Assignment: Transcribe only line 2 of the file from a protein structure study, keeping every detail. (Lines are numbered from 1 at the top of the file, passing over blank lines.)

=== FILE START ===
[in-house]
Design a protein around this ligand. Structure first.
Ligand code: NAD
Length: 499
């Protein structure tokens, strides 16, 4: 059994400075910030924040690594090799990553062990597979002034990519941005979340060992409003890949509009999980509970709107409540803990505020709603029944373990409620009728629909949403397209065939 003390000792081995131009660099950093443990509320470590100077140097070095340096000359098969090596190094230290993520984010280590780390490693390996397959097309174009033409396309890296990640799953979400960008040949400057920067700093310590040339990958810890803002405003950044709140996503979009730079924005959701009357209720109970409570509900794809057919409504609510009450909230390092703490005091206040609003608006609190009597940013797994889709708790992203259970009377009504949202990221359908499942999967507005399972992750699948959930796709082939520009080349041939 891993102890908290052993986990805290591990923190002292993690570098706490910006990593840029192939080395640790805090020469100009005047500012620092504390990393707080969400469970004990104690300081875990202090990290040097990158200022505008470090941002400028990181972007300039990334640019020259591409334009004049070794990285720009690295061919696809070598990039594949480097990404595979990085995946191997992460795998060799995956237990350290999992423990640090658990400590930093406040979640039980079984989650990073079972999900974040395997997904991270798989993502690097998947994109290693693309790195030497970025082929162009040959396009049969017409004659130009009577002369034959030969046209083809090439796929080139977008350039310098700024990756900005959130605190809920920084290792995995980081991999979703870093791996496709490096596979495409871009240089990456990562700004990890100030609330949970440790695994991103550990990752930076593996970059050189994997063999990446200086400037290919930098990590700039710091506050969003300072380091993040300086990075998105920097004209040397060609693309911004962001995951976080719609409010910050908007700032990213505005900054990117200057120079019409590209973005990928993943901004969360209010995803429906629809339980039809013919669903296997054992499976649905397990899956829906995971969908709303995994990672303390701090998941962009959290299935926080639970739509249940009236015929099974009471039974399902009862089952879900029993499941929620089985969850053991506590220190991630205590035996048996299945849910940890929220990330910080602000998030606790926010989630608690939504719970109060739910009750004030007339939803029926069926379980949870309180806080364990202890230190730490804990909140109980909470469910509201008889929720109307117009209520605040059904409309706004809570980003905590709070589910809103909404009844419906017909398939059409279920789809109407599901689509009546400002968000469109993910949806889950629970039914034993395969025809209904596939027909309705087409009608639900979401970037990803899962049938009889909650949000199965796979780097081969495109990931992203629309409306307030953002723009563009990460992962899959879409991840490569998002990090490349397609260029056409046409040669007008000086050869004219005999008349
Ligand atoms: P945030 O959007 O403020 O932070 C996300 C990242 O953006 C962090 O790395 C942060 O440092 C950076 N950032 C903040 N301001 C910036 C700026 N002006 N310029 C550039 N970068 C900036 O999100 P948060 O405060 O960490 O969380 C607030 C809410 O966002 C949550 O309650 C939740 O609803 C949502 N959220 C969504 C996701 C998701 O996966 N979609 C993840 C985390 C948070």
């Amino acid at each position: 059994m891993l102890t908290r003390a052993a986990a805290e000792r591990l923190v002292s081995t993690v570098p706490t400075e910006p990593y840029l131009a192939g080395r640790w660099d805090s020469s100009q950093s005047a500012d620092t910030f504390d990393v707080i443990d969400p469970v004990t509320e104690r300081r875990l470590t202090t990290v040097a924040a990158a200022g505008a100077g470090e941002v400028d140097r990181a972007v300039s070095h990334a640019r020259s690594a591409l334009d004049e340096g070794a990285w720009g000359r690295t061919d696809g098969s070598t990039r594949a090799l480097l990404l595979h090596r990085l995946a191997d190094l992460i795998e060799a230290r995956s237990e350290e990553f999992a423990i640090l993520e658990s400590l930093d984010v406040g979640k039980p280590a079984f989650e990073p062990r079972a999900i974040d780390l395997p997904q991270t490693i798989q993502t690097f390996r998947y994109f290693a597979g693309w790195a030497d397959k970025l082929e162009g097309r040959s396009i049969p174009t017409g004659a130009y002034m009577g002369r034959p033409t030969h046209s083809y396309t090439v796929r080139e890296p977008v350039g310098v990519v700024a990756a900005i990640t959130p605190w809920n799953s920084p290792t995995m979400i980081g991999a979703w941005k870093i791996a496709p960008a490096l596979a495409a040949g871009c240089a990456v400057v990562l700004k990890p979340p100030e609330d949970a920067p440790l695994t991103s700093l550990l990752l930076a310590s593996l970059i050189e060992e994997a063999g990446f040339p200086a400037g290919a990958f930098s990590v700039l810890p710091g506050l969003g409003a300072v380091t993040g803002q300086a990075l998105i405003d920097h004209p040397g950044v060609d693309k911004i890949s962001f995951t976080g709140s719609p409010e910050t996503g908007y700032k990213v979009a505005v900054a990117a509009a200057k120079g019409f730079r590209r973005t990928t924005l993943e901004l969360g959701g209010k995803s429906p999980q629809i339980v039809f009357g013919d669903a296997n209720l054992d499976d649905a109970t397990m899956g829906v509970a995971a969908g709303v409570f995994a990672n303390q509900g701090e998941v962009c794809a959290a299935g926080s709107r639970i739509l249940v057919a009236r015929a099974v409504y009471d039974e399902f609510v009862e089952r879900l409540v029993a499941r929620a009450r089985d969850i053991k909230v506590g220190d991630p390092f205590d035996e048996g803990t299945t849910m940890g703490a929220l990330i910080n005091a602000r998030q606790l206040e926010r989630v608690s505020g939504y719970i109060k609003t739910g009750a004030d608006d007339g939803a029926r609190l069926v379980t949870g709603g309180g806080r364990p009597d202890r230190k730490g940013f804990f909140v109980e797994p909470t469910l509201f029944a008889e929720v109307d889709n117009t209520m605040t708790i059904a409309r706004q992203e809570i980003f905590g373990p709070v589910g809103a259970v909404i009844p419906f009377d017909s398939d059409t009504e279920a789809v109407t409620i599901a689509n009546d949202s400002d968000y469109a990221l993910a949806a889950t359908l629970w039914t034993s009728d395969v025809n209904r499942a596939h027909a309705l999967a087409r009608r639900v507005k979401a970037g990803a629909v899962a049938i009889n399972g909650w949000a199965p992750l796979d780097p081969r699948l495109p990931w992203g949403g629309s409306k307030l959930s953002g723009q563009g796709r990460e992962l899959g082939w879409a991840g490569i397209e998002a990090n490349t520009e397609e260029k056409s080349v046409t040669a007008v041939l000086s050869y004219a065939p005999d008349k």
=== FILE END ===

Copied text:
Design a protein around this ligand. Structure first.